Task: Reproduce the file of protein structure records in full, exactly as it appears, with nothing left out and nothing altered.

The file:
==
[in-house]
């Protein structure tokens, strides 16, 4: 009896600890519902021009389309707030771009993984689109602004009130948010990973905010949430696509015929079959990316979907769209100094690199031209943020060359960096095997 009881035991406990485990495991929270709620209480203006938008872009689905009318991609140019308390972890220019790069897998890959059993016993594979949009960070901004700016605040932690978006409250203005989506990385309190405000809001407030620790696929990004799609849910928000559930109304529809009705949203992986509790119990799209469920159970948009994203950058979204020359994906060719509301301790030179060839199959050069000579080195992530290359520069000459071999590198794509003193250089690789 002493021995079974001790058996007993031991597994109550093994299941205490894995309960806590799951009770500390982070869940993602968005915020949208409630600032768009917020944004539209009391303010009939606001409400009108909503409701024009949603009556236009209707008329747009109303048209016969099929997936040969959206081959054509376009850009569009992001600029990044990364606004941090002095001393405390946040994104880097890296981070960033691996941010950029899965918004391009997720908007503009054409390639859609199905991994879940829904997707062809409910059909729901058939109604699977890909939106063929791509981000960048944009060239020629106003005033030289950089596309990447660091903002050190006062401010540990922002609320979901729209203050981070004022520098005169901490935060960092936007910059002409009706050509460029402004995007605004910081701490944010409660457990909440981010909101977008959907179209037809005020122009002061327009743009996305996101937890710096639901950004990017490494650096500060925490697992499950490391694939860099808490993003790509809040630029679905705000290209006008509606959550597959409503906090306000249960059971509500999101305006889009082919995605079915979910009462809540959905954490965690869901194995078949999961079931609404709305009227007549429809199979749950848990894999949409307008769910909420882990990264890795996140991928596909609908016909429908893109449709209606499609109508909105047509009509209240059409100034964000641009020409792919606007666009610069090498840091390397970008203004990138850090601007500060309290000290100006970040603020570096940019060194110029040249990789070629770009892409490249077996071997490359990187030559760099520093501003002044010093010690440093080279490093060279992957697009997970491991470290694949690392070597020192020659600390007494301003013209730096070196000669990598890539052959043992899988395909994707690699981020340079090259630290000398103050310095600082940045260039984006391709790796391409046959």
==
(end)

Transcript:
[in-house]
């Protein structure tokens, strides 16, 4: 009896600890519902021009389309707030771009993984689109602004009130948010990973905010949430696509015929079959990316979907769209100094690199031209943020060359960096095997 009881035991406990485990495991929270709620209480203006938008872009689905009318991609140019308390972890220019790069897998890959059993016993594979949009960070901004700016605040932690978006409250203005989506990385309190405000809001407030620790696929990004799609849910928000559930109304529809009705949203992986509790119990799209469920159970948009994203950058979204020359994906060719509301301790030179060839199959050069000579080195992530290359520069000459071999590198794509003193250089690789 002493021995079974001790058996007993031991597994109550093994299941205490894995309960806590799951009770500390982070869940993602968005915020949208409630600032768009917020944004539209009391303010009939606001409400009108909503409701024009949603009556236009209707008329747009109303048209016969099929997936040969959206081959054509376009850009569009992001600029990044990364606004941090002095001393405390946040994104880097890296981070960033691996941010950029899965918004391009997720908007503009054409390639859609199905991994879940829904997707062809409910059909729901058939109604699977890909939106063929791509981000960048944009060239020629106003005033030289950089596309990447660091903002050190006062401010540990922002609320979901729209203050981070004022520098005169901490935060960092936007910059002409009706050509460029402004995007605004910081701490944010409660457990909440981010909101977008959907179209037809005020122009002061327009743009996305996101937890710096639901950004990017490494650096500060925490697992499950490391694939860099808490993003790509809040630029679905705000290209006008509606959550597959409503906090306000249960059971509500999101305006889009082919995605079915979910009462809540959905954490965690869901194995078949999961079931609404709305009227007549429809199979749950848990894999949409307008769910909420882990990264890795996140991928596909609908016909429908893109449709209606499609109508909105047509009509209240059409100034964000641009020409792919606007666009610069090498840091390397970008203004990138850090601007500060309290000290100006970040603020570096940019060194110029040249990789070629770009892409490249077996071997490359990187030559760099520093501003002044010093010690440093080279490093060279992957697009997970491991470290694949690392070597020192020659600390007494301003013209730096070196000669990598890539052959043992899988395909994707690699981020340079090259630290000398103050310095600082940045260039984006391709790796391409046959």